Since the heating water jacket of the intake manifold is made to communicate with the cooling water jacket in the cylinder head by means of the communication passage formed in the cylinder block, it is sufficient that the joint surfaces between the cylinder heads and the intake manifold are so formed that the intake ports extending therethrough are connected in air-tight fashion. As a result, the joint surfaces need not be constructed for full air-tightness, and so as to be formed more easily than the case in which the communication passage is formed between the water jackets of the intake manifold and the cylinder head.

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US4712519 *Feb 28, 1986Dec 15, 1987Kubota Ltd.Intake manifold for a three-cylinder air-fuel mixture suction type engine
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Classifications
U.S. Classification123/184.36, 123/432, 123/590, 123/545
International ClassificationF02M35/116, F02B19/10, F02M35/104, F02B75/18, F02M31/10, F02M29/00, F02B75/22, F02M35/10, F02M25/07
Cooperative ClassificationF02M26/42, F02B19/1028, F02B75/22, F02M35/116, F02B2275/34, F02B2075/1824, F02M35/10281, F02M26/41, F02M35/10268, F02M35/1085, F02M35/10032, F02M35/10222, Y02T10/125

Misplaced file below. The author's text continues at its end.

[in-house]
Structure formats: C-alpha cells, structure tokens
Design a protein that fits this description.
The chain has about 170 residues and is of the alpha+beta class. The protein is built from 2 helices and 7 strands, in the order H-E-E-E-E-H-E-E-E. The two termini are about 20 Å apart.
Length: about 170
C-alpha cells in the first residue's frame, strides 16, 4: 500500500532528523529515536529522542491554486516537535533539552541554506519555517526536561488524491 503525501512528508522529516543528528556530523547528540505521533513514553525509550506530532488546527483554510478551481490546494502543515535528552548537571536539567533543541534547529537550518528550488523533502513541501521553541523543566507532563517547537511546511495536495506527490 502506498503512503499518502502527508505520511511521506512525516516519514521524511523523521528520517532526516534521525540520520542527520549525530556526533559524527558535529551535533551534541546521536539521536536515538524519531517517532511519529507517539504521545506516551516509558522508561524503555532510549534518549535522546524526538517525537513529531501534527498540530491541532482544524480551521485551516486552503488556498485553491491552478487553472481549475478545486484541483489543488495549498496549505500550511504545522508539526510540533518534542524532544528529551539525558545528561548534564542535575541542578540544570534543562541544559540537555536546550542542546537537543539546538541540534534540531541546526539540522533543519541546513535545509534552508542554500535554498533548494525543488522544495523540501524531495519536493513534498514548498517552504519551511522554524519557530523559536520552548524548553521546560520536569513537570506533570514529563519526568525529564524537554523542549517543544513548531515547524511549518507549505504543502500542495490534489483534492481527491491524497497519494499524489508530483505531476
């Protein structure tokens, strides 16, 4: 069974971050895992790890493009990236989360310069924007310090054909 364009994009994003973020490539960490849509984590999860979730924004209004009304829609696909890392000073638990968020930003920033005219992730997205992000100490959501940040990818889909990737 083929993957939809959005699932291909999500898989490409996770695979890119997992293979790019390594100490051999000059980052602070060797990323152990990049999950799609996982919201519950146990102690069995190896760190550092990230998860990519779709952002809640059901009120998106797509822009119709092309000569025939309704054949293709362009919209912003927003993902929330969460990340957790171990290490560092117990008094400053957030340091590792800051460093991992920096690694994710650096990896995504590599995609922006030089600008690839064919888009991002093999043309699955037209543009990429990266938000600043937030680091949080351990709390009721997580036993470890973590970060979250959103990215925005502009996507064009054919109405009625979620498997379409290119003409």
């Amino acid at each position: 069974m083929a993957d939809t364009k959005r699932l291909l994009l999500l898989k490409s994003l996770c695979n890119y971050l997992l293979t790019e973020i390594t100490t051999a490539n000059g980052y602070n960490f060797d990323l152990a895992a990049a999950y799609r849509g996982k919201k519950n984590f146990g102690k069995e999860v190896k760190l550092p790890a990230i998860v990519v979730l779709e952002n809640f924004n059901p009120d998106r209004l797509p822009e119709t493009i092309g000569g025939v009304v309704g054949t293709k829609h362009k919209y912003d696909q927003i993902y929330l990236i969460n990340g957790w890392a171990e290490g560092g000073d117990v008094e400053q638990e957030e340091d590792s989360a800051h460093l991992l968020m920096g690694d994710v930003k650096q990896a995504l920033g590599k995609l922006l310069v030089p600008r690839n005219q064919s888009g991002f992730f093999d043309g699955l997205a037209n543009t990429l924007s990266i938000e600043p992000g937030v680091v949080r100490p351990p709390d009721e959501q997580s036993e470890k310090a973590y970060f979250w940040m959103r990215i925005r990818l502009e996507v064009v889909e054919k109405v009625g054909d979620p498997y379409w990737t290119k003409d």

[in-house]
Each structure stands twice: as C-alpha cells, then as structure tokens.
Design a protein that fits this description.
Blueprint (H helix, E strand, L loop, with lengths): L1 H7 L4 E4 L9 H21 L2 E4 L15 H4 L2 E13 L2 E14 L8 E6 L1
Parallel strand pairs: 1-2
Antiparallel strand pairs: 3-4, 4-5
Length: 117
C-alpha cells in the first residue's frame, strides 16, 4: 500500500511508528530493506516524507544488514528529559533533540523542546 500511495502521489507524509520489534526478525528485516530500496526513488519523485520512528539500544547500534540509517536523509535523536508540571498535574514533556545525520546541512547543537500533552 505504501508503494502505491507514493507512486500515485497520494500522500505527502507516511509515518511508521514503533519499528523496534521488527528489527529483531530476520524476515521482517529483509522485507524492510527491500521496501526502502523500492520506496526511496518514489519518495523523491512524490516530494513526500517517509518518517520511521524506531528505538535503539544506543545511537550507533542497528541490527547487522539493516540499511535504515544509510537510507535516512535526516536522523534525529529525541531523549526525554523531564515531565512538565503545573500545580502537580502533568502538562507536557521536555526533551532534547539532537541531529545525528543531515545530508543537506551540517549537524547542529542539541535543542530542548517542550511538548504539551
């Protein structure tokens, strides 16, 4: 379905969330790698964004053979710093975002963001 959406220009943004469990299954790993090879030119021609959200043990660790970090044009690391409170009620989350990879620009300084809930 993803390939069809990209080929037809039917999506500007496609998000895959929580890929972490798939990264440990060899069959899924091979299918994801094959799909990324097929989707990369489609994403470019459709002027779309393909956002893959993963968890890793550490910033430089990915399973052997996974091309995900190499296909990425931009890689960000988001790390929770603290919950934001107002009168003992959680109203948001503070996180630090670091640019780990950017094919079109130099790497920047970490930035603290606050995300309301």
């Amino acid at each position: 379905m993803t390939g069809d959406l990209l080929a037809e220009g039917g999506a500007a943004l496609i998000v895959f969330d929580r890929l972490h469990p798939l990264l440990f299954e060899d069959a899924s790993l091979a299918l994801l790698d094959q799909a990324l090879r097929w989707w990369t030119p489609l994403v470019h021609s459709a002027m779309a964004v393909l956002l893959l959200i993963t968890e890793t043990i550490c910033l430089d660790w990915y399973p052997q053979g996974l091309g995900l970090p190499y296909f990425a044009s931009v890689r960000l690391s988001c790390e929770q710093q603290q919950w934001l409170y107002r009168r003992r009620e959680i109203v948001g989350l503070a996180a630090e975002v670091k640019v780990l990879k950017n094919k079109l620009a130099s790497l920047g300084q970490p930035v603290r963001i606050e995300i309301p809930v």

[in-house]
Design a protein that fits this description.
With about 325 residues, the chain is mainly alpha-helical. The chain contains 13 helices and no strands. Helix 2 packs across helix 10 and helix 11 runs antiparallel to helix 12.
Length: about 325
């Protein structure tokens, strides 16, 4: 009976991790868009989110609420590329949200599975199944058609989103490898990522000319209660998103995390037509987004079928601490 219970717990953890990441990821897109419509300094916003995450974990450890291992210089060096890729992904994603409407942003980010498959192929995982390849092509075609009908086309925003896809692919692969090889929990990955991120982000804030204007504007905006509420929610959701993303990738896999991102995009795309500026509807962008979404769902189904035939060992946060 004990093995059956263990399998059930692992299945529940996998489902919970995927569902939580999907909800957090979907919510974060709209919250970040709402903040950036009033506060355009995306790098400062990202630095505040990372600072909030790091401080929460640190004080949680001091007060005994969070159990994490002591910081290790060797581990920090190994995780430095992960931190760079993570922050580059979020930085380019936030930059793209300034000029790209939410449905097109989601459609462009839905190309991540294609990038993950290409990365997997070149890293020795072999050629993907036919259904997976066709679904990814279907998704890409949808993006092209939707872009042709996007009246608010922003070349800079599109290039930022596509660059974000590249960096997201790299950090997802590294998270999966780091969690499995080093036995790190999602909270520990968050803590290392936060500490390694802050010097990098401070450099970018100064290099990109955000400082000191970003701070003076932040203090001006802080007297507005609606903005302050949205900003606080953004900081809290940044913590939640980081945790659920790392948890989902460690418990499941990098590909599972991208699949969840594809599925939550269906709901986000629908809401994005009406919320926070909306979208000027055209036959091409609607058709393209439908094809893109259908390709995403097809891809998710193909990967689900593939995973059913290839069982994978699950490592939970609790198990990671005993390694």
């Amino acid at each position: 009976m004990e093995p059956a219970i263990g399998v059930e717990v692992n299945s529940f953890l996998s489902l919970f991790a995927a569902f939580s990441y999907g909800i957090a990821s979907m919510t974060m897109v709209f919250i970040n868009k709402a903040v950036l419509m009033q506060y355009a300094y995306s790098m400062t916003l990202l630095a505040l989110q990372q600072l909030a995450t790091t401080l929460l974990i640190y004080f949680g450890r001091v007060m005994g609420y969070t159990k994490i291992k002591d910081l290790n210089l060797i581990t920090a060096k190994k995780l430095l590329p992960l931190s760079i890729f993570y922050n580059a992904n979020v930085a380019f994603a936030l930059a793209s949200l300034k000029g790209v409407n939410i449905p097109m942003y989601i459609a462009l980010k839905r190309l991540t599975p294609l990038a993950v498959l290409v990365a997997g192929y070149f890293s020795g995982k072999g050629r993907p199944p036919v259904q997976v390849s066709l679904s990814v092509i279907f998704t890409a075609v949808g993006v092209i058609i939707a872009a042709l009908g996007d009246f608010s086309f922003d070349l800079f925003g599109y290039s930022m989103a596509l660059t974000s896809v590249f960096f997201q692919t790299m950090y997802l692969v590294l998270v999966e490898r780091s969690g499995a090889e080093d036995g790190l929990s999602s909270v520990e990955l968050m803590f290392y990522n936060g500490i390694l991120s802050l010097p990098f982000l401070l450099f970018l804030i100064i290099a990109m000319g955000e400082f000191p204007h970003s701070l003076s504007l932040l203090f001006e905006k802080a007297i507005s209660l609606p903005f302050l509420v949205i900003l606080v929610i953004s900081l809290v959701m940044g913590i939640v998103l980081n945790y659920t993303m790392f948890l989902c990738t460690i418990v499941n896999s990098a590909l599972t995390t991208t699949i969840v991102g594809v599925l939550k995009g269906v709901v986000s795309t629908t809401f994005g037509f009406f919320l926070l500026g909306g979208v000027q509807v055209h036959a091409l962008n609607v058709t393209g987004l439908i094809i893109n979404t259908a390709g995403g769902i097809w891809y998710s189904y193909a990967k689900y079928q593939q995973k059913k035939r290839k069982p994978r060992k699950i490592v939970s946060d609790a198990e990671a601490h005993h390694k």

European ClassificationF02M35/10F4, F02M35/10K12, F02M35/108V, F02M35/10A6C, F02M35/10K8, F02B19/10B1A, F02M35/116, F02M25/07P22
Legal Events
DateCodeEventDescription
Apr 16, 1982ASAssignment
Owner name: HONDA GIKEN KOGYO KABUSHIKI KAISHA (HONDA MOTOR CO
Free format text: ASSIGNMENT OF ASSIGNORS INTEREST.;ASSIGNORS:SENGA, AKIHISA;HIDAKA, YOSHIAKI;TSUCHIYAMA, TADASHI;REEL/FRAME:003991/0354
Effective date: 19820315
Oct 19, 1988FPAYFee payment
Year of fee payment: 4
May 2, 1993LAPSLapse for failure to pay maintenance fees
Jul 20, 1993FPExpired due to failure to pay maintenance fee
Effective date: 19930502